Home > Haven (Relentless #5)(4)

Haven (Relentless #5)(4)
Author: Karen Lynch

“That’s good to know.” I cast about for a way to move the conversation to a more comfortable subject. “So, how are things in Los Angeles?”

“Awesome. I’ve been on the trail of a nasty incubus for the last two weeks, and I got the bastard this morning. Let me tell you, that was a very satisfying kill. Although, the team wasn’t exactly thrilled about my methods. But hey, I got the job done, right?”

I could only imagine how Jordan had lured and snared a male sex demon. My warrior friend was dedicated to her work, but she definitely marched to her own drum.

“Any sign of that Egyptian warrior you were hoping to see there? What was his name?”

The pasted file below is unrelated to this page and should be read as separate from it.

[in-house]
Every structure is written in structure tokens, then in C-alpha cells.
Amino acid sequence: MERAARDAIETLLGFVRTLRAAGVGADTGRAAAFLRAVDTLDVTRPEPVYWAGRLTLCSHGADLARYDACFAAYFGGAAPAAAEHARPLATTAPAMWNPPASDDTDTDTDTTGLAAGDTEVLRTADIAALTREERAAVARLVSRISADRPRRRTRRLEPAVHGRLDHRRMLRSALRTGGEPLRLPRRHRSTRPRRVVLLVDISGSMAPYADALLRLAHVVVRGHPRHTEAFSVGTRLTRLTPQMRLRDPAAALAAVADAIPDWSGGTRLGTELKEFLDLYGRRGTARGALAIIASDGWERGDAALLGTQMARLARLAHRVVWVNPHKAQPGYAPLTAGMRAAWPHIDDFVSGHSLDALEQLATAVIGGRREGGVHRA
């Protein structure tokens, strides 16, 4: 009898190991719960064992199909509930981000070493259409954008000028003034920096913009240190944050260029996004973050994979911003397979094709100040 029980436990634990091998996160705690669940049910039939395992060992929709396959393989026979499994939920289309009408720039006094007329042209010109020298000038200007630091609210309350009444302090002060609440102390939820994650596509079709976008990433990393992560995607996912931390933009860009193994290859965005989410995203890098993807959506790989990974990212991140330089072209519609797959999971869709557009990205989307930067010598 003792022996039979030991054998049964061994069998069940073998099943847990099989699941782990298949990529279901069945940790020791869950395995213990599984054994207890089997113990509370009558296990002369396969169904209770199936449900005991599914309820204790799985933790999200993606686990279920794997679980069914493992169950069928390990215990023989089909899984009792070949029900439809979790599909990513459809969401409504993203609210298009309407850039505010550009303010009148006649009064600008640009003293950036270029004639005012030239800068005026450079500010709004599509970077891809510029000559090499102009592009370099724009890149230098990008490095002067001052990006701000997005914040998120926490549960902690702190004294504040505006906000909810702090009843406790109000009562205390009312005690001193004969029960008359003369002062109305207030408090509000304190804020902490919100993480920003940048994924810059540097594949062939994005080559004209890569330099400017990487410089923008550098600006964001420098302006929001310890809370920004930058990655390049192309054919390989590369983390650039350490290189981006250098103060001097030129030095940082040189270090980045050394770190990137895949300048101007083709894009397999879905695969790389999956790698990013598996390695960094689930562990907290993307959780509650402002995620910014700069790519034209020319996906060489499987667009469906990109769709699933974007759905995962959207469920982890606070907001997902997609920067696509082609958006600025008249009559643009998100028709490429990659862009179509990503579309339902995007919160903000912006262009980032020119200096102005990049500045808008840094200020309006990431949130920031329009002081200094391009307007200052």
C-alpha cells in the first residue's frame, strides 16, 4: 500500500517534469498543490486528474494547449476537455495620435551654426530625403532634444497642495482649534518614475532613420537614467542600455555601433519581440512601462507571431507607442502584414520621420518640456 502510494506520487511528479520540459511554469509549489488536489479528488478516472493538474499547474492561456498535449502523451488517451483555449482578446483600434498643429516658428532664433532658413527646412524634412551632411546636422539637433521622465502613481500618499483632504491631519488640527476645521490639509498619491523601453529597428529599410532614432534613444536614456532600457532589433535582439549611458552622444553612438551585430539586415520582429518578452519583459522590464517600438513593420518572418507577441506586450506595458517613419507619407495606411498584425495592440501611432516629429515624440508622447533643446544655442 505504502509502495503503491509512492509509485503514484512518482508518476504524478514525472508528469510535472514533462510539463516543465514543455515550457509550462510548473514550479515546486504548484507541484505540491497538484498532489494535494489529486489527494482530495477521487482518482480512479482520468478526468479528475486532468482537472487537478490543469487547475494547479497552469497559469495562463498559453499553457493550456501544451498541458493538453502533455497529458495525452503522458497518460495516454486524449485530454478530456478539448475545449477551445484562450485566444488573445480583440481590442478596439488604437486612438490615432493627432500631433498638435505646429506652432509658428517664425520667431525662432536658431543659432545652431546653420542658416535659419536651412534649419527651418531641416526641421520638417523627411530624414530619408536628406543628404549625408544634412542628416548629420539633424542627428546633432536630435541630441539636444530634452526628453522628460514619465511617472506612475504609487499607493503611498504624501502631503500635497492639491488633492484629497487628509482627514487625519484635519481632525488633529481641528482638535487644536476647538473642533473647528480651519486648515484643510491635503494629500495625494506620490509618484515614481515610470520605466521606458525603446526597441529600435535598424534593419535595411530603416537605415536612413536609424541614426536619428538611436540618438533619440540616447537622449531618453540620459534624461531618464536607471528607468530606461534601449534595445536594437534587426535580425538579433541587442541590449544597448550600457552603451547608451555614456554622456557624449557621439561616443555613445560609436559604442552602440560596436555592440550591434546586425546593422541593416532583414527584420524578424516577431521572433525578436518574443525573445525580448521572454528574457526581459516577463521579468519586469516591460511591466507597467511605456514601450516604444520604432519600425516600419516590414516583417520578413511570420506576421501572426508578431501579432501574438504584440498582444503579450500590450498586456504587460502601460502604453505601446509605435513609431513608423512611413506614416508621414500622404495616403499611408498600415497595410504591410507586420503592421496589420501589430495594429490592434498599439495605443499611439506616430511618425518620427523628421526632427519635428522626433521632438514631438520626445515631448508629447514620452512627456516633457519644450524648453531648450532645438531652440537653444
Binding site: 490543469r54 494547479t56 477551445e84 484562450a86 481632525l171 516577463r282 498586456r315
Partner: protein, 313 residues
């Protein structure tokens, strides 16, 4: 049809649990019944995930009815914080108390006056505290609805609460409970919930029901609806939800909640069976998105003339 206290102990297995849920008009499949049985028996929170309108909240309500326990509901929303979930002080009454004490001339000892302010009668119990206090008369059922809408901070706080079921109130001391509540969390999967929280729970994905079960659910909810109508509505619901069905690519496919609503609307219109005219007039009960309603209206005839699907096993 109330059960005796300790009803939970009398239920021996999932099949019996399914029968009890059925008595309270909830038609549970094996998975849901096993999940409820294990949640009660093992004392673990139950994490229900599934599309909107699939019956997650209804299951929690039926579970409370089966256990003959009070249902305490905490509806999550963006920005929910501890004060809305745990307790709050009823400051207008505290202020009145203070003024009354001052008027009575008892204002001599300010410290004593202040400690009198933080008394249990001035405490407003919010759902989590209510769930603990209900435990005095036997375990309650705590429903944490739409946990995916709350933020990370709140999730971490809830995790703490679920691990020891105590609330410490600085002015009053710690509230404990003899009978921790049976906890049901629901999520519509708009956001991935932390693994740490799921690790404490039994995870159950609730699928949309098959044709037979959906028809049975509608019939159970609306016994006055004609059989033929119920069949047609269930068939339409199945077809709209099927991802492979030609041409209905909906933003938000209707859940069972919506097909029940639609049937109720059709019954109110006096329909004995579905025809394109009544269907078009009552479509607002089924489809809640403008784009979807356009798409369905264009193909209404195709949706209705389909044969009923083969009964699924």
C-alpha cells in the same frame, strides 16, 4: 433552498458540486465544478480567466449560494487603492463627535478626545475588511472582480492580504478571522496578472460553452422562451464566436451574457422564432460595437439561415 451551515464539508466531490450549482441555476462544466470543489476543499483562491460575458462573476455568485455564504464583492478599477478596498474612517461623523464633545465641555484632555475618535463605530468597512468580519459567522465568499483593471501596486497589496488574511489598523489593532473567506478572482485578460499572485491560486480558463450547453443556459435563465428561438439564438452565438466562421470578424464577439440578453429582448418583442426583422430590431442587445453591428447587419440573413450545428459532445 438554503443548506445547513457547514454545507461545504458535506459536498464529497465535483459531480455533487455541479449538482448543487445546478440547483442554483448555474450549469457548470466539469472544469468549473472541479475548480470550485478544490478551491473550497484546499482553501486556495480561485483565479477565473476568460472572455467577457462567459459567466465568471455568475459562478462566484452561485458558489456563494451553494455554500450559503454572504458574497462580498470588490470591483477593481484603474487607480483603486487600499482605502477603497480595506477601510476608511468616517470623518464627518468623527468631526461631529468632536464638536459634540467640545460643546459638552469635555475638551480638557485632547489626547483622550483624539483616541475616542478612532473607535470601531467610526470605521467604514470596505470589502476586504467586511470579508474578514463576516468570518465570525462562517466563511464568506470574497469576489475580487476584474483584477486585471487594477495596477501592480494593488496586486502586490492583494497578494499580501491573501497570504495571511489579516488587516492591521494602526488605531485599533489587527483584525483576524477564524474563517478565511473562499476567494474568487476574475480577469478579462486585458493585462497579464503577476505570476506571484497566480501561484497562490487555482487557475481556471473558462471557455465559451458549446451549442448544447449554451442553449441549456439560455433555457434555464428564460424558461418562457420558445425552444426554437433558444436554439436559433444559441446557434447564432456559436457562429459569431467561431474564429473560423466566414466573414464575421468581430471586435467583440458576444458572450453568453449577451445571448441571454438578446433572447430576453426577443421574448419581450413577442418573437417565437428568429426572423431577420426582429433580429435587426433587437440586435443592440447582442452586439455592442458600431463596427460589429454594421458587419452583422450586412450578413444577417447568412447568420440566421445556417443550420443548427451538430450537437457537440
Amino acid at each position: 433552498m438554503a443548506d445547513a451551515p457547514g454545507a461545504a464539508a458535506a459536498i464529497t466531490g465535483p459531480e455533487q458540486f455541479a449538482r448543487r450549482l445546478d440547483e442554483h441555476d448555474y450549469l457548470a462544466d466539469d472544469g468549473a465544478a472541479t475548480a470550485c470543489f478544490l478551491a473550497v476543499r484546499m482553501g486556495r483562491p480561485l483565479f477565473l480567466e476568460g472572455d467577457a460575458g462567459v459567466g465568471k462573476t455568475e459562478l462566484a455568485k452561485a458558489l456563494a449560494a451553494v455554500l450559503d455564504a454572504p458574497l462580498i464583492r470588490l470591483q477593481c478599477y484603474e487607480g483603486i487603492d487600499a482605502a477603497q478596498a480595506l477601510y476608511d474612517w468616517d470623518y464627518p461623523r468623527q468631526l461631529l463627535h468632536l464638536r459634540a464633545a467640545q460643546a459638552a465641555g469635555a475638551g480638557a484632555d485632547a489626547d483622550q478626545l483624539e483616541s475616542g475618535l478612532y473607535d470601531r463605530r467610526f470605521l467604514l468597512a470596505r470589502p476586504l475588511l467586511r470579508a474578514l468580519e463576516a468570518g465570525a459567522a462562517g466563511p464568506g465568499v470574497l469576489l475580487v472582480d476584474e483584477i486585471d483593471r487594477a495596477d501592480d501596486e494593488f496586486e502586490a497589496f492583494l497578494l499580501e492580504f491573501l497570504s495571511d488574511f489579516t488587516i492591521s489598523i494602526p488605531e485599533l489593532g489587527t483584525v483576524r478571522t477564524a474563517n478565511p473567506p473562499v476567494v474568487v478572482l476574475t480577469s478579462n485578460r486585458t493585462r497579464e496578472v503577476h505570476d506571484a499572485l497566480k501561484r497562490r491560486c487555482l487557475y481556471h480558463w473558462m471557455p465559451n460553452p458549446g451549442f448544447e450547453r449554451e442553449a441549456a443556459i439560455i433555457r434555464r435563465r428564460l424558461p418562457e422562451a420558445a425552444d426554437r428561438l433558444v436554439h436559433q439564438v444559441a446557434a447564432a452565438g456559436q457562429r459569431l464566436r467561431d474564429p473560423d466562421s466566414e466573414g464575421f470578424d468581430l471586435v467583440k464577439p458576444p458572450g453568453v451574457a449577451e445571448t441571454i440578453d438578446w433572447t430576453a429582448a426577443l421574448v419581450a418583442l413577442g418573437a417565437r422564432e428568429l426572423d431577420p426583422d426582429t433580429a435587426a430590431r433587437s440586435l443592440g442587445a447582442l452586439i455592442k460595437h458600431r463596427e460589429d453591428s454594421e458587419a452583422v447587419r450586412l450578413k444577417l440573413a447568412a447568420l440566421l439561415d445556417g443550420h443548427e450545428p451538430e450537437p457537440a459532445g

“Hamid.” She sighed heavily. “I swear he’s hiding from me. Too bad. I wouldn’t mind doing a little foreign exchange with him, if you know what I mean.”

I laughed. “Yeah, I do.”

“But he’s not the only hot male in California. Just going to the beach is enough to give a girl whiplash.” She chuckled. “I actually think Blondie is on to something with the ‘only dating humans’ thing. They’re nice to look at, and some of them even know how to please a woman. And the best part, no strings attached.”

“You’re so bad.”

“I’m a woman who knows what she wants. I might have to hit the clubs tonight. A good kill always puts me in the mood to work off some energy – if you know what I mean.” She opened and closed a door, and the background sounds were suddenly muted. “Maybe when you’re ready for a change of scenery, you can come visit me for a few days. God knows we could use some more estrogen around here.”